Wait for someone who will gaze upon the tapestry of your life and love the creator.
We all have a magnificent capacity to experience our humanity through intimacy, and through the building of intimate relationships. This can only happen authentically through the revealing of one’s soul to another.
And what is the soul, but that limitless plane within us where we experience our deep inner knowing, our deepest longings, our most memorable joys and sorrows?
And what is a soul mate but a person whom we invite onto that plane?
In August 2013, I moved into a room in a house in northeast Austin, and amongst the pile of few things left by the previous tenant, I found a book called Soul Mates: Honoring the Mysteries of Love and Relationship by Thomas Moore. I was struck by the author’s description of the word intimacy, meaning “profoundly interior”.
“It comes from the superlative form of the Latin word inter, meaning ‘within.’ It could be translated ‘within-est,’ or ‘most within.’ In our intimate relationships, the ‘most within’ dimensions of ourselves and the others are engaged.”
Many of us shy away (even run away) from intimacy, though it’s the one thing many—if not all—of us crave.
Why wouldn’t we? We experience ourselves through one another.
My presence is a reflection of your presence.
My acknowledgement of you affirms your existence.
Or, it ought to.
We are in an intimacy crisis. Many people find false solace in things other than their relationships with themselves and others, and yet, relationships have been necessary for our growth as a human species.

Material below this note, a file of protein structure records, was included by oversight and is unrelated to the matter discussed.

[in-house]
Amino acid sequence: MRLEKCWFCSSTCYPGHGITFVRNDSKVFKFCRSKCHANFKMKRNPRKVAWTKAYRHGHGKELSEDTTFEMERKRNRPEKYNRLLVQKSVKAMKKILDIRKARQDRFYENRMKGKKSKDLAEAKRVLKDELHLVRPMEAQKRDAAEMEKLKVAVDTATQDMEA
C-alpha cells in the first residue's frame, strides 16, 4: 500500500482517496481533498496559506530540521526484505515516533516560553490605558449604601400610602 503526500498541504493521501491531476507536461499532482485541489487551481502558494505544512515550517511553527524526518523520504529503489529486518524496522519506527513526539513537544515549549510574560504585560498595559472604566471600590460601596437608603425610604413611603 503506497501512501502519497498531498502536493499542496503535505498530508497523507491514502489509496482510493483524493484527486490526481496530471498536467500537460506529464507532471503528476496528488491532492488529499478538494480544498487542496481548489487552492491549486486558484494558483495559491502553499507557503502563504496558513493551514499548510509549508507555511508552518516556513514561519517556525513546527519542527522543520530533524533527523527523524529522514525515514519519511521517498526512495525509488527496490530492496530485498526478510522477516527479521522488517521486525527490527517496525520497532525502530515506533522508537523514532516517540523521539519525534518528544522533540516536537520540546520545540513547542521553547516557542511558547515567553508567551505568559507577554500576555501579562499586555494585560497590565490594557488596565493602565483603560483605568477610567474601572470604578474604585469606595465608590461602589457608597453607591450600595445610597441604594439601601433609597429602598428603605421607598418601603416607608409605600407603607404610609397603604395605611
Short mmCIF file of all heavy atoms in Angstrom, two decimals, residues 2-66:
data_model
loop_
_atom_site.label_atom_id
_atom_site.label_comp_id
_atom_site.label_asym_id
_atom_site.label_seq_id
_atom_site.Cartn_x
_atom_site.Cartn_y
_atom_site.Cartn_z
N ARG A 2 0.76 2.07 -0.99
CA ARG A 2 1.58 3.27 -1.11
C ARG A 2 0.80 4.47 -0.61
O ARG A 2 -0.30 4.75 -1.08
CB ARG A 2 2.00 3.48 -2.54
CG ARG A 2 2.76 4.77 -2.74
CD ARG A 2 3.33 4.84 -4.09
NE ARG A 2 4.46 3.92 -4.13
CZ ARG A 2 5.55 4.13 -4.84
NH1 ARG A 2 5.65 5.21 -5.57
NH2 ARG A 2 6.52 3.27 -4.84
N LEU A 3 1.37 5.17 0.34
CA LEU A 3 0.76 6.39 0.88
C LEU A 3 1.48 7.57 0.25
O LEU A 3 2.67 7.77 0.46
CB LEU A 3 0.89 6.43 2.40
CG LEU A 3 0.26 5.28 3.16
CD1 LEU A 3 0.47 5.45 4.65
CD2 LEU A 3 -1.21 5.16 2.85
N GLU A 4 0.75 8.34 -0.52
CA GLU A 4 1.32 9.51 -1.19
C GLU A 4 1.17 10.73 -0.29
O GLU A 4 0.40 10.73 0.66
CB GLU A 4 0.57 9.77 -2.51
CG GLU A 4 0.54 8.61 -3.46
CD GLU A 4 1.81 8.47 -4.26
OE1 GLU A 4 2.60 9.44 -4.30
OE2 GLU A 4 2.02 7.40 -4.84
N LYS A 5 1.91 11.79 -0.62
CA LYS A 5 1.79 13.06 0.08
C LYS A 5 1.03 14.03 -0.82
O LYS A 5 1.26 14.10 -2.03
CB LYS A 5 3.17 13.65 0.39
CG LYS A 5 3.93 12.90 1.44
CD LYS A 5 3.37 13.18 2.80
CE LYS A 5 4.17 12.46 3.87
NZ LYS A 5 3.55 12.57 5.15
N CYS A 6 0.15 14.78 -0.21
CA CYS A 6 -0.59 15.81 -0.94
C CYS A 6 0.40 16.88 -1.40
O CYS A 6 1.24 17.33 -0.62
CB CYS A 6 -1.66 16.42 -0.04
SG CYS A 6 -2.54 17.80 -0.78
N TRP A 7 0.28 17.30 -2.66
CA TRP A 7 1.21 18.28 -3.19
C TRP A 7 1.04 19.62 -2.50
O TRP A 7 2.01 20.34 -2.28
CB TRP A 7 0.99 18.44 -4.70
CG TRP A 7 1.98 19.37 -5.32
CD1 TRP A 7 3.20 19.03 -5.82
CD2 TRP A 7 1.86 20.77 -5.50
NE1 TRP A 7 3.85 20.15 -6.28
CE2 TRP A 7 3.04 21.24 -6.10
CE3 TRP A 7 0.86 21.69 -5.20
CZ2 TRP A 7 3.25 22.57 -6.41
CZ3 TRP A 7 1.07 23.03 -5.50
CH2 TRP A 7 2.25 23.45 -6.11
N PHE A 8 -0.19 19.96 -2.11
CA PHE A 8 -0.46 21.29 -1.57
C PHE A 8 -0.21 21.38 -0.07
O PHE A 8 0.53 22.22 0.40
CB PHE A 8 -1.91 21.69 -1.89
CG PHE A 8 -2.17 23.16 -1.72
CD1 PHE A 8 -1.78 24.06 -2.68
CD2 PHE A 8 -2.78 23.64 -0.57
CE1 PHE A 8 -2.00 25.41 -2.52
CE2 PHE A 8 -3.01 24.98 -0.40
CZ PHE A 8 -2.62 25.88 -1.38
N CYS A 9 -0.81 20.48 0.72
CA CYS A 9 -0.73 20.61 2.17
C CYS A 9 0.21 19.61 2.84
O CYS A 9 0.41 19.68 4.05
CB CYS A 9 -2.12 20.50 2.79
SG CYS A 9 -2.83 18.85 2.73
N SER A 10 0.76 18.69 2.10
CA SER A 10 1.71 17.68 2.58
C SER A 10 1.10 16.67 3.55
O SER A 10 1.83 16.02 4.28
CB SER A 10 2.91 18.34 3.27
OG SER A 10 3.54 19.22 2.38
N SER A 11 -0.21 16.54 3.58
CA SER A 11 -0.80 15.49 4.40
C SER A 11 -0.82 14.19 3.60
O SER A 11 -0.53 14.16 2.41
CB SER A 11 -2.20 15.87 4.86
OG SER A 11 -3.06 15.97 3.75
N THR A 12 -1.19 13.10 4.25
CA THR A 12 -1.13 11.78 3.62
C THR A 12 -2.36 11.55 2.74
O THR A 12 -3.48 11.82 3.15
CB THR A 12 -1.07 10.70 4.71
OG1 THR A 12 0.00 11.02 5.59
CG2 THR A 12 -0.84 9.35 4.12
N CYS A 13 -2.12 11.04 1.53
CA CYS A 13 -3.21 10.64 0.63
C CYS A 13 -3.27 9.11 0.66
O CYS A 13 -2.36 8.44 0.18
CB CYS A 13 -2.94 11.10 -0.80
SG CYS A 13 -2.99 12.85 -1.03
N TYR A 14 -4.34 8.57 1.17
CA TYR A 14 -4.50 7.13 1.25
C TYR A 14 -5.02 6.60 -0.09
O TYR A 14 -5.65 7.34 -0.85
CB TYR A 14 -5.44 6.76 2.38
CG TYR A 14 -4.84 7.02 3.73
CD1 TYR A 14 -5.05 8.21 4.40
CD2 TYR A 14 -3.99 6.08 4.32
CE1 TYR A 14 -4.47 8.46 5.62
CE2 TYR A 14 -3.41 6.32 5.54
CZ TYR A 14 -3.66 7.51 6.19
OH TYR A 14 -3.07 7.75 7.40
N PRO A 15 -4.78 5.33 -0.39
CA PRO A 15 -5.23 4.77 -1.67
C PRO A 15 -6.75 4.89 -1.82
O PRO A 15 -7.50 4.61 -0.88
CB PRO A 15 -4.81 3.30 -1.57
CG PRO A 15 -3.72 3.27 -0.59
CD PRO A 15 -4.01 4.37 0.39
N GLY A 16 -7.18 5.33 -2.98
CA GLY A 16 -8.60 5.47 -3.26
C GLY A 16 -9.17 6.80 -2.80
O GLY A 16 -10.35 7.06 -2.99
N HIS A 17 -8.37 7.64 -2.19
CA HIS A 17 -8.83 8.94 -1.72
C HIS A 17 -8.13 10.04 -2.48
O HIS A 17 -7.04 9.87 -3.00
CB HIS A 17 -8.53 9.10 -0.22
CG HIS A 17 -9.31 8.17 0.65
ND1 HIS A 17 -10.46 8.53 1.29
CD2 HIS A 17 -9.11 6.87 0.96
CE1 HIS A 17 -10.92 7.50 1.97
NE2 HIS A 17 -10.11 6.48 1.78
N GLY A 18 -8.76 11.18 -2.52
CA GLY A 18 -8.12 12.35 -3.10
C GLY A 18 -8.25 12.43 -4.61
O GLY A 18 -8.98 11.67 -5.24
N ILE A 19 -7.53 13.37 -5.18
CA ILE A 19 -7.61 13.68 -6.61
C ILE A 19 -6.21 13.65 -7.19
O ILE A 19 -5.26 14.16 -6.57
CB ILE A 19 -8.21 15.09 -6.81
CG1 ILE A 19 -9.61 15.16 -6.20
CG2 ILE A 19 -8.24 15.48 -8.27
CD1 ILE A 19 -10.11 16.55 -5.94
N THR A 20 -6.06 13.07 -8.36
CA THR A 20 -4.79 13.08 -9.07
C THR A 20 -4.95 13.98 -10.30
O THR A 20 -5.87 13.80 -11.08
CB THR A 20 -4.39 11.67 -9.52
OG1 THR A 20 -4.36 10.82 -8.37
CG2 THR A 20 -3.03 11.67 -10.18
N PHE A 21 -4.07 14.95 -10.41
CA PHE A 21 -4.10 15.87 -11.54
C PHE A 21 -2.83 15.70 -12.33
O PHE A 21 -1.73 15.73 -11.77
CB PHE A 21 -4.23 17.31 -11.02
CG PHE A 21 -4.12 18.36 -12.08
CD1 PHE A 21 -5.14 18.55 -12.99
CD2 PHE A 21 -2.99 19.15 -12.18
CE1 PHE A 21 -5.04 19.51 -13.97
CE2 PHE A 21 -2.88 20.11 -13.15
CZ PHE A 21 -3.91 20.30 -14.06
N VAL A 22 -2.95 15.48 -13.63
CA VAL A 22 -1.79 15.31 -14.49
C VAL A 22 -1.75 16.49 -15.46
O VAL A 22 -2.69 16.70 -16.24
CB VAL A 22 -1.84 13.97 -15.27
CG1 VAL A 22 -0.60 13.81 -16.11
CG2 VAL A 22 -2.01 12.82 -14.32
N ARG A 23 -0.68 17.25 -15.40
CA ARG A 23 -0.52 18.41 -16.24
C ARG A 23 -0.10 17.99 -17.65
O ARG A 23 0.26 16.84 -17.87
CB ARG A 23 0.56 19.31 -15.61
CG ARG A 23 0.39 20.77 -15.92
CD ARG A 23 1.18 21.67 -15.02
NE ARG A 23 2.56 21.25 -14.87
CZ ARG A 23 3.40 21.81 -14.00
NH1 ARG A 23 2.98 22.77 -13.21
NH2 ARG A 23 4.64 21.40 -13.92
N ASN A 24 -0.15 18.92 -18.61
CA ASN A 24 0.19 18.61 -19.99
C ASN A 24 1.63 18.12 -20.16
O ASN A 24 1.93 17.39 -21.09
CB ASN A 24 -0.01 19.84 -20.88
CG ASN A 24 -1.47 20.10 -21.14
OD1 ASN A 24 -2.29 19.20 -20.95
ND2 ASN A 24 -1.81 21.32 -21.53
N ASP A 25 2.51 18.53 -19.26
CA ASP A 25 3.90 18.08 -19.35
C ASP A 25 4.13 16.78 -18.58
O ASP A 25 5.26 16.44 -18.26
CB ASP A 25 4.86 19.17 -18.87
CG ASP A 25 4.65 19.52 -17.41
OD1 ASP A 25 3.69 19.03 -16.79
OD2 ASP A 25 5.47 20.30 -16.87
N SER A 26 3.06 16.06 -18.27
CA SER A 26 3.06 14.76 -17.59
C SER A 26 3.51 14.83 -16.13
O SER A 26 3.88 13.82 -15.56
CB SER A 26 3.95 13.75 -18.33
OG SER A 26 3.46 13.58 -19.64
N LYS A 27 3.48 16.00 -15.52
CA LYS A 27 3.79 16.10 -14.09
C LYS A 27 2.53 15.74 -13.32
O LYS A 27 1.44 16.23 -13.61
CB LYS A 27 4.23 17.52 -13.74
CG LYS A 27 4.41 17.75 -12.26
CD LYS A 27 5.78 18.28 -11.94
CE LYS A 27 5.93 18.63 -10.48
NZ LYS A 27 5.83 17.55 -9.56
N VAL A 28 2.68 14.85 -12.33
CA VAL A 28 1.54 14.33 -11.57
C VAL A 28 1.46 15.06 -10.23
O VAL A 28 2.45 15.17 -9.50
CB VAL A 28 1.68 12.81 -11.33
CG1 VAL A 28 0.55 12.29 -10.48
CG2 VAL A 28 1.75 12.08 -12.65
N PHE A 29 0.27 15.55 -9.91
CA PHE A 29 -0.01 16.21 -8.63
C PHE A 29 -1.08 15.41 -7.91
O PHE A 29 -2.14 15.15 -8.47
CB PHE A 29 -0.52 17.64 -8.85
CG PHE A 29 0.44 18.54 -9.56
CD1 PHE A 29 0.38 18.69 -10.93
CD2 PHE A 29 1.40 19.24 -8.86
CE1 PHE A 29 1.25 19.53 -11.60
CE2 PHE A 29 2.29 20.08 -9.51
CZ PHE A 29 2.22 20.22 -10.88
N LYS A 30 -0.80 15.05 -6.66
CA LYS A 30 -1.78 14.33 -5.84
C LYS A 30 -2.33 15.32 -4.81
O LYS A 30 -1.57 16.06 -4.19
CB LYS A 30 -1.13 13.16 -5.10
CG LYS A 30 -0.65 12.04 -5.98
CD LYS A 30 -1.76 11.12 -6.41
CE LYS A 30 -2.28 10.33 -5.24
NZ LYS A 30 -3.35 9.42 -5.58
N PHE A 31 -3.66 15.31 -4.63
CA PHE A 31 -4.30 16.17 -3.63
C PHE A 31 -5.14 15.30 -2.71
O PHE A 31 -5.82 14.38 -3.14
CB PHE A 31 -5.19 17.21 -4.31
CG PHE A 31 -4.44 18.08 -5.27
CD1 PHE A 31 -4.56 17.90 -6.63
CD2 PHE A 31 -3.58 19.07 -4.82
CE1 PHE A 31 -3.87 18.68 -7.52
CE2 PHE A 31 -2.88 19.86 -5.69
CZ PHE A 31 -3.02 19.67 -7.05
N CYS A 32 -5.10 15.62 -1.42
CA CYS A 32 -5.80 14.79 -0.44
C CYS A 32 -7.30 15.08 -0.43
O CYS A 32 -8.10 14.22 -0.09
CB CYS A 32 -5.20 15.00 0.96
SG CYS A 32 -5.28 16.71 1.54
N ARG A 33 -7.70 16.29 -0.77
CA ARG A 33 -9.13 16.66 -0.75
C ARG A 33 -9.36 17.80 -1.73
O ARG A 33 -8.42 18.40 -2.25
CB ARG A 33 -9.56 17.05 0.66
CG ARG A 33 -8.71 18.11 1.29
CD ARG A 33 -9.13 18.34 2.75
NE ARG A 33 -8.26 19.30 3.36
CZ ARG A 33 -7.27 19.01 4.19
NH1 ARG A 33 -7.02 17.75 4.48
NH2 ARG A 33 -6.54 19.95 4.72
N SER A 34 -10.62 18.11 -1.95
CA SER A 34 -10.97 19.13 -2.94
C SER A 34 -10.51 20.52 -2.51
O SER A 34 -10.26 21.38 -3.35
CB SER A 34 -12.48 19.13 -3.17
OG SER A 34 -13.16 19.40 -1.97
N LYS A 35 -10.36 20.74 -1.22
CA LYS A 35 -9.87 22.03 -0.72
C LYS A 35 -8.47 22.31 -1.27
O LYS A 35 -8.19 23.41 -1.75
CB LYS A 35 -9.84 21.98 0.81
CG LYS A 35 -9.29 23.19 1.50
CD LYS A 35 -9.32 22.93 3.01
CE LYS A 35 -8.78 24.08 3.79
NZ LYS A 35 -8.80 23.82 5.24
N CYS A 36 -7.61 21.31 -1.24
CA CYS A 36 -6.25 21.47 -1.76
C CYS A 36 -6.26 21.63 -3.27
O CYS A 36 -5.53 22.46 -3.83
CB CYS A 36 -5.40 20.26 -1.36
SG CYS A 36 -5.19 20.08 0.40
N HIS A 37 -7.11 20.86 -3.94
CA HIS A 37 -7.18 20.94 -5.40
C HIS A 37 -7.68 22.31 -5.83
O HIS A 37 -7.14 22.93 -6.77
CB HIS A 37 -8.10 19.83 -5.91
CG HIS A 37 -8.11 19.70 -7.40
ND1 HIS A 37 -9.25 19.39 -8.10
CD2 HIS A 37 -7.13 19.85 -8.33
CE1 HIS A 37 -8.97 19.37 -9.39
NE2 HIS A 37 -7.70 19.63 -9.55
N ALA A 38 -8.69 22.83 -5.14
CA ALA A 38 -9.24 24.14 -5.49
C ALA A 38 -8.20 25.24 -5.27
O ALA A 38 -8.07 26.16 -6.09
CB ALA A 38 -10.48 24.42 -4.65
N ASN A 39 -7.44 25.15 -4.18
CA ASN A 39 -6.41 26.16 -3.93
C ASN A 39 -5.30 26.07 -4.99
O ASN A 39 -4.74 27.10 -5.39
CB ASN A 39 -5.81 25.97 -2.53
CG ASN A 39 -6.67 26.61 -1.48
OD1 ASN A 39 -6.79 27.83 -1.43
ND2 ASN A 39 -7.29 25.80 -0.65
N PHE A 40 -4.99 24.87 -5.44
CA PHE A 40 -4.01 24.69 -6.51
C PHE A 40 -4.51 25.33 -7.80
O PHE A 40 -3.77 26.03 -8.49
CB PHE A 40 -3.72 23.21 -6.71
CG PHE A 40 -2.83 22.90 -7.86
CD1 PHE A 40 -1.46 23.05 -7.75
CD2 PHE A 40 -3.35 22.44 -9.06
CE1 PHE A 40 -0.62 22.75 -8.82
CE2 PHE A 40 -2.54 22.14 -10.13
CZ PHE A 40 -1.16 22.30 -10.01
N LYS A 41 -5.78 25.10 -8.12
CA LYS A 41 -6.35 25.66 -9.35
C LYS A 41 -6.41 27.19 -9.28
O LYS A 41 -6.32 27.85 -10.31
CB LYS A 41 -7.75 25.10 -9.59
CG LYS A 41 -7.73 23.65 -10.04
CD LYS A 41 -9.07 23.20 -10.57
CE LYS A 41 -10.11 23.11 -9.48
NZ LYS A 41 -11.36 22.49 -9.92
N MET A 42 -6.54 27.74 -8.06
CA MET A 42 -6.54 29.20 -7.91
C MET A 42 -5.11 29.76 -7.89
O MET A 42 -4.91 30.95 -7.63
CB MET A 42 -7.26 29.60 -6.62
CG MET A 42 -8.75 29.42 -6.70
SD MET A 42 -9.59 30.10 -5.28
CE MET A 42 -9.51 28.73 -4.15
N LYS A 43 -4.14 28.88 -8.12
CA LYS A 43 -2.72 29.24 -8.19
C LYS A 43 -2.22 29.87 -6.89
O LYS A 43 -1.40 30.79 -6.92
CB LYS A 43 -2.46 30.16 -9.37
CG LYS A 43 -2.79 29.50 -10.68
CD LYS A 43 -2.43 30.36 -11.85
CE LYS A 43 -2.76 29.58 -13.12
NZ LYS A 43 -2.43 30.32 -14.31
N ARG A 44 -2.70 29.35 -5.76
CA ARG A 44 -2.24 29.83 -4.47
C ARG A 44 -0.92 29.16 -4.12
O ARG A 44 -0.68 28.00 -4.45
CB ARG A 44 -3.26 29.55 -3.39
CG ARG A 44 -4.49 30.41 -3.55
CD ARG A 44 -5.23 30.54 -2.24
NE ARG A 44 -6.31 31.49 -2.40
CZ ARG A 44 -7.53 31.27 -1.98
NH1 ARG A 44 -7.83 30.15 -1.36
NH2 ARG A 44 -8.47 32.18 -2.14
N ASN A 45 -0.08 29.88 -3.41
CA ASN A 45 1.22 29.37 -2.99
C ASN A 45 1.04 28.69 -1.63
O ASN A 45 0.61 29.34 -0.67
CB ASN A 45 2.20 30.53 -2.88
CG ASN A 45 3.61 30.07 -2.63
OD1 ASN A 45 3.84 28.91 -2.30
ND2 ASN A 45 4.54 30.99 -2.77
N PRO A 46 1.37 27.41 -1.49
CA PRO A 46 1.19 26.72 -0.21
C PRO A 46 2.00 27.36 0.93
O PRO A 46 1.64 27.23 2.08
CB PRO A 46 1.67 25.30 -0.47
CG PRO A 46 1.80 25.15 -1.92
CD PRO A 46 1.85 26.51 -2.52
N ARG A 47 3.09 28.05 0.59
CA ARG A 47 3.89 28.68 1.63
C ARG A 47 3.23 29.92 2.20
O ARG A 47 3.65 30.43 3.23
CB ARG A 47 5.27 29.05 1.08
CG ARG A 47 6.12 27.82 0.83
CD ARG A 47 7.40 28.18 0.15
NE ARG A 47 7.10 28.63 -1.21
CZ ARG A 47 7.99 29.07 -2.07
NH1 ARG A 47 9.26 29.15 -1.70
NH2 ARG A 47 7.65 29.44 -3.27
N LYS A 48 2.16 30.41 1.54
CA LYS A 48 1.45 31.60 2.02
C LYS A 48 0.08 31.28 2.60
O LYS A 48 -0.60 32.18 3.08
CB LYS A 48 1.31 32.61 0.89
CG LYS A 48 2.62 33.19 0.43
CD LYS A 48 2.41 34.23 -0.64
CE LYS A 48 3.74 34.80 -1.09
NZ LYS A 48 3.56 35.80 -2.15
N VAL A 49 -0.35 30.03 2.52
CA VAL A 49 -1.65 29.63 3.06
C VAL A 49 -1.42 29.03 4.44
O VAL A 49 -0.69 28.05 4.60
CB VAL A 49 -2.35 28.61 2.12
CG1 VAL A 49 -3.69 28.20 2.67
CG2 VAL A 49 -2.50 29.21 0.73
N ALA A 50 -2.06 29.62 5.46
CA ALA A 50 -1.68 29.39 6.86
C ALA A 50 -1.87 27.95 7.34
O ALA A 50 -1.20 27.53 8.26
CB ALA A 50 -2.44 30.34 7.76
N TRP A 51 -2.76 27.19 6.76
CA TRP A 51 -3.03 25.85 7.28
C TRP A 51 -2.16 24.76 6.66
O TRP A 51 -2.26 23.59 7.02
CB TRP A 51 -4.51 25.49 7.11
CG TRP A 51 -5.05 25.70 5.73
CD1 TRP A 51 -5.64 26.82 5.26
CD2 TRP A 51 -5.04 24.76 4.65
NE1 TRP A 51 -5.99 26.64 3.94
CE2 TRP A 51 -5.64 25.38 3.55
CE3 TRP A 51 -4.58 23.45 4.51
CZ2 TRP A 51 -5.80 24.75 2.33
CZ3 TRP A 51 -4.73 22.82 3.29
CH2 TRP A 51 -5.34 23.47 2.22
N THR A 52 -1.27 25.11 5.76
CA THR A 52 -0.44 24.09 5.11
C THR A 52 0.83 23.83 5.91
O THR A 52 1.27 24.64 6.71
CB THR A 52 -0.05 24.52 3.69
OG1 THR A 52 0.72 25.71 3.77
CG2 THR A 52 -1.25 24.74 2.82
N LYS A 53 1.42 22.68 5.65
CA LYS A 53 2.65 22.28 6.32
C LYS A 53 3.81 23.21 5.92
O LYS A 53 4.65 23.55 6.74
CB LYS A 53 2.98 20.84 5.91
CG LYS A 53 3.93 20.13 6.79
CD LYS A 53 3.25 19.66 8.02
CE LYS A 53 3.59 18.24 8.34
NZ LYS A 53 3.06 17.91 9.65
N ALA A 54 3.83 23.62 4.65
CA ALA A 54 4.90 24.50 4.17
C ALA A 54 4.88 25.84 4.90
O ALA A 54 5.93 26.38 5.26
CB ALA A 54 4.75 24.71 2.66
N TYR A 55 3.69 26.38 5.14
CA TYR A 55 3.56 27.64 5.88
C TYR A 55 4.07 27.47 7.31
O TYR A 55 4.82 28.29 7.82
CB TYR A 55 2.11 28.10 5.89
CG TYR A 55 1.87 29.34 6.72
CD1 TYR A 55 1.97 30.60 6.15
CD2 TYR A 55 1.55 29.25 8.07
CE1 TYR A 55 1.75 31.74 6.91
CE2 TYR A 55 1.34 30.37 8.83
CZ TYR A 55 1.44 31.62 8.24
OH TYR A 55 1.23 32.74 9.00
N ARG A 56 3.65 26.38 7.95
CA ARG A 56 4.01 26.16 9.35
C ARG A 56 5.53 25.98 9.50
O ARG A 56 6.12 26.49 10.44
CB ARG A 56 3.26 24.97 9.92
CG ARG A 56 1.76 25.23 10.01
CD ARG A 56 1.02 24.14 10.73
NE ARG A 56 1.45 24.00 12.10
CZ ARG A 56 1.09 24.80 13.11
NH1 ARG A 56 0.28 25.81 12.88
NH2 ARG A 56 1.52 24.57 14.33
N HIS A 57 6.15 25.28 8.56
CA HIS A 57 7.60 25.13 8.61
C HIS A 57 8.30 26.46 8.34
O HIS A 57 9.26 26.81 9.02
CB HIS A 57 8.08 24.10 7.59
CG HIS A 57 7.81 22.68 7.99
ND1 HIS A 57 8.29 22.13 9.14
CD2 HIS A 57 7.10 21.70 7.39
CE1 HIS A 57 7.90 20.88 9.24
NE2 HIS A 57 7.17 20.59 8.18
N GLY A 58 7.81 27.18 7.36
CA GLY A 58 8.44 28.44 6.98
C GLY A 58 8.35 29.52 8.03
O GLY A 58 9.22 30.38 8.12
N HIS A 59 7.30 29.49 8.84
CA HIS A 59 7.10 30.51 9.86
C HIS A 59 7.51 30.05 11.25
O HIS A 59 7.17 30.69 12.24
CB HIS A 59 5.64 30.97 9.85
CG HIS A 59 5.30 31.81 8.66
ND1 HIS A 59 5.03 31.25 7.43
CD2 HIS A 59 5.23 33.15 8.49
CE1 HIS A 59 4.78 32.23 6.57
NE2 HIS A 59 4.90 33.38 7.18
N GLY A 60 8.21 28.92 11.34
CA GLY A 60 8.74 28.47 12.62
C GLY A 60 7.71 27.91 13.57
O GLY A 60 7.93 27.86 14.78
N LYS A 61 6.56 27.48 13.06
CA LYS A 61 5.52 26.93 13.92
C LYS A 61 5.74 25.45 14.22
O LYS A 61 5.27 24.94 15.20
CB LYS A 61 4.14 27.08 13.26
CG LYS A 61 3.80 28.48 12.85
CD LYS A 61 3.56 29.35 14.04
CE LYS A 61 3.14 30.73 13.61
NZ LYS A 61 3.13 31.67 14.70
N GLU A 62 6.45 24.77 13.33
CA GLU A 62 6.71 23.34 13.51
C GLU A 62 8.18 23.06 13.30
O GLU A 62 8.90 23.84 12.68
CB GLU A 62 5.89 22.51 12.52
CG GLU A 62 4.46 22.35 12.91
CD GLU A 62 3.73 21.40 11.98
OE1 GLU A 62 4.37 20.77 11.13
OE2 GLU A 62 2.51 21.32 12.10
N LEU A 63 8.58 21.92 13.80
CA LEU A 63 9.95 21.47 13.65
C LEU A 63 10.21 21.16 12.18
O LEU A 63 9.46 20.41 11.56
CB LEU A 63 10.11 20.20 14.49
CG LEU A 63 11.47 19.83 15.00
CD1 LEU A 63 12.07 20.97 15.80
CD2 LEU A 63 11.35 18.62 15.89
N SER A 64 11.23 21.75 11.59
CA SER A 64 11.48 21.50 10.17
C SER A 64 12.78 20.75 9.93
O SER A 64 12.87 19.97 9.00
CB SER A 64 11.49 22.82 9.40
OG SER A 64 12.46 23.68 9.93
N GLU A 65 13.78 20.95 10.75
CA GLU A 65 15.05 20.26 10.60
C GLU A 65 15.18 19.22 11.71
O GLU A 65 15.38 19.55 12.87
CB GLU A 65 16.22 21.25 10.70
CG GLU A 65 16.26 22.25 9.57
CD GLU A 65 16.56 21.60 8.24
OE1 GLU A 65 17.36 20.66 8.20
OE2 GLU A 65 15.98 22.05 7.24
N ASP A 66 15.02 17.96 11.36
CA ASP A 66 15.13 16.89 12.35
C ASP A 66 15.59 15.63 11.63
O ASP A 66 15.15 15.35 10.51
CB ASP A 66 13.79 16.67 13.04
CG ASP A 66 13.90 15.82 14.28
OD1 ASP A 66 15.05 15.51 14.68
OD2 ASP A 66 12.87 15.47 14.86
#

Friendship, partnership, and community have been integral.
So what do we do when we have people in our lives with whom we cannot seem to develop that intimacy we so crave?
We simply choose to weave the tapestry of our own gifts, talents, and destiny. No one but our selves can do such a thing.
We may have people who come along and rip our tapestry to shreds, or tell us how it should be woven, or that we may as well stop weaving.
We may have people who take us away completely from our tapestry, and we may leave it abandoned for a while—waiting for us and our hands to get back to it.
We may have people who think our tapestry ugly, meaningless, strange, or silly. They may think it too loud, too colourful, too simple. They may tell us that it will never be good enough. They may call our weaving crazy, or our vision impossible.
But you’ve made the choice, and the choice is yours alone.
As you do, you will attract into your life those someones who will admire your great work of art. You will find those who see in each and every thread the dedication you have to yourself, and to weaving a gorgeous tapestry of your own design, colour, size, and taste.
We all deserve to wake up to our own ability and personal responsibility to weave.
And we deserve those someones—those soul mates—who will gaze upon the tapestry of our lives, and love the creator.
(featured image by denise carbonell)